The RBA expressed optimism about the economy, while maintaining that greater wage growth and inflation would take time, and that the first interest rate hike would be unlikely before 2024.

The economy will grow by 3% this year, despite a projected significant drop in Q3 owing to virus lockdowns, and then accelerate to 5.5% in 2022, according to the RBA's quarterly forecast update. By the end of 2023, it expects wage growth of 3% and inflation to be at the 2.5% midpoint of the central bank's target.

The RBA stated, "A swift trajectory of recovery from the recent setback appears increasingly likely. The board believes that this outcome could be consistent with the first hike in the cash rate being in 2024, depending on the trajectory of the economy at the time."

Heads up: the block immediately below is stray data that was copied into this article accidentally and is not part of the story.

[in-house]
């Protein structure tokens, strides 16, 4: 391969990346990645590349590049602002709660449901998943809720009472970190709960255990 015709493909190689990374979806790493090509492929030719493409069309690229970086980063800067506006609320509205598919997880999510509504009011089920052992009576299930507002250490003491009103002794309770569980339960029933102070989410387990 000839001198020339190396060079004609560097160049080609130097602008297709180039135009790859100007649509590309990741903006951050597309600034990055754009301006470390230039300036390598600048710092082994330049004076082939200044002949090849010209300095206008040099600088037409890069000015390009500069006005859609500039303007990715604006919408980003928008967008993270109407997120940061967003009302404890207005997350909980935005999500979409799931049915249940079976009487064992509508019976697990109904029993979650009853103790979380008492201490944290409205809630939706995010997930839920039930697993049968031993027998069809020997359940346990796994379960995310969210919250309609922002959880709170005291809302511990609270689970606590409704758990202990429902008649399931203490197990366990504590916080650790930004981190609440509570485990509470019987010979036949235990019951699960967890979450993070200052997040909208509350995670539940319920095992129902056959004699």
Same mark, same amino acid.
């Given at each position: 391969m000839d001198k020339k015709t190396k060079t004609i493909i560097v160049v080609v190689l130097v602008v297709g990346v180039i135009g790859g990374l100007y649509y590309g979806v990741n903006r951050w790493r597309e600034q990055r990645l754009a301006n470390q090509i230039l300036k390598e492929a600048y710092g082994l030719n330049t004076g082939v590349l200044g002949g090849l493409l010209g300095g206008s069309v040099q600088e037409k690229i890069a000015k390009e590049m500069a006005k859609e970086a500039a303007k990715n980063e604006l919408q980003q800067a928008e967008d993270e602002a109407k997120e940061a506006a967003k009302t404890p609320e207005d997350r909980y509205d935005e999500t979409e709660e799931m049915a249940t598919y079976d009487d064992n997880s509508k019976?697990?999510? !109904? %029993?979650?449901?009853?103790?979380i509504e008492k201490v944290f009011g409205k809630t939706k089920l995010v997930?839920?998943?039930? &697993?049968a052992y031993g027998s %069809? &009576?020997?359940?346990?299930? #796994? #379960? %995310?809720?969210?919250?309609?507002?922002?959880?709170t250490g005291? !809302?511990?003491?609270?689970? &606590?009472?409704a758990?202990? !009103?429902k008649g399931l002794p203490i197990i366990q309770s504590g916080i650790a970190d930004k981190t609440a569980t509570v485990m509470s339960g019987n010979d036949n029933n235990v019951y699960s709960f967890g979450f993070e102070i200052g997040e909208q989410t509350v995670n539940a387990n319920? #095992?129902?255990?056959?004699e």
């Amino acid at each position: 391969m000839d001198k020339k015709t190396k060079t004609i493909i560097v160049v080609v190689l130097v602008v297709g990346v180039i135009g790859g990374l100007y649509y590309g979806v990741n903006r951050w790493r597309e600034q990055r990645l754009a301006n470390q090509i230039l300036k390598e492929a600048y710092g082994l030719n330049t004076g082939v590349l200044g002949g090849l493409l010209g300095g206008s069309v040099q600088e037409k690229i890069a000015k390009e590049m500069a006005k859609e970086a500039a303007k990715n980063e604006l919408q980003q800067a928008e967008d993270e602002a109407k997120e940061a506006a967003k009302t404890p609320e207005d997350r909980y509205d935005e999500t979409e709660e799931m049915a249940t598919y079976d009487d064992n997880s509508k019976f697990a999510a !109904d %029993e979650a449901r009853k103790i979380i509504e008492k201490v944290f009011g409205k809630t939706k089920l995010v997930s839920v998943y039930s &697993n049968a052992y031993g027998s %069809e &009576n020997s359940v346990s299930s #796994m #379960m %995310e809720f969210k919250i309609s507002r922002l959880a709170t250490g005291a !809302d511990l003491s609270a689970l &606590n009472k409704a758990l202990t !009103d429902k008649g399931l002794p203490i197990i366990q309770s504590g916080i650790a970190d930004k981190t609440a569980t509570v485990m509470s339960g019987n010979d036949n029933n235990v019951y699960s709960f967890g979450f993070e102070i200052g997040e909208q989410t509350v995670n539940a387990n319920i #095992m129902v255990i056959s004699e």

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The central bank's rate decision is a further rebuke to market expectations for a tightening cycle to start next year. The RBA acknowledged that there was a realistic scenario in which wages and consumer prices grew faster than predicted, necessitating a rate hike in 2023, but it ruled out a raise in the next 12 months.

After trading at 1.2% at the end of last week, markets now forecast the cash rate at 0.75% within a year. Wages are expected to accelerate to 2.25% by the end of this year, 2.5% in 2022, and 3% in late 2023, according to the RBA's central scenario.

In the RBA's upside scenario, unemployment drops to 3.25%, triggering a strong wage recovery and pushing inflation beyond 3% by the end of 2023. "If this occurs, an increase in the cash rate in 2023 may be justified," the RBA stated. "However, the board believes that the most recent data and predictions do not necessitate a cash rate increase in 2022."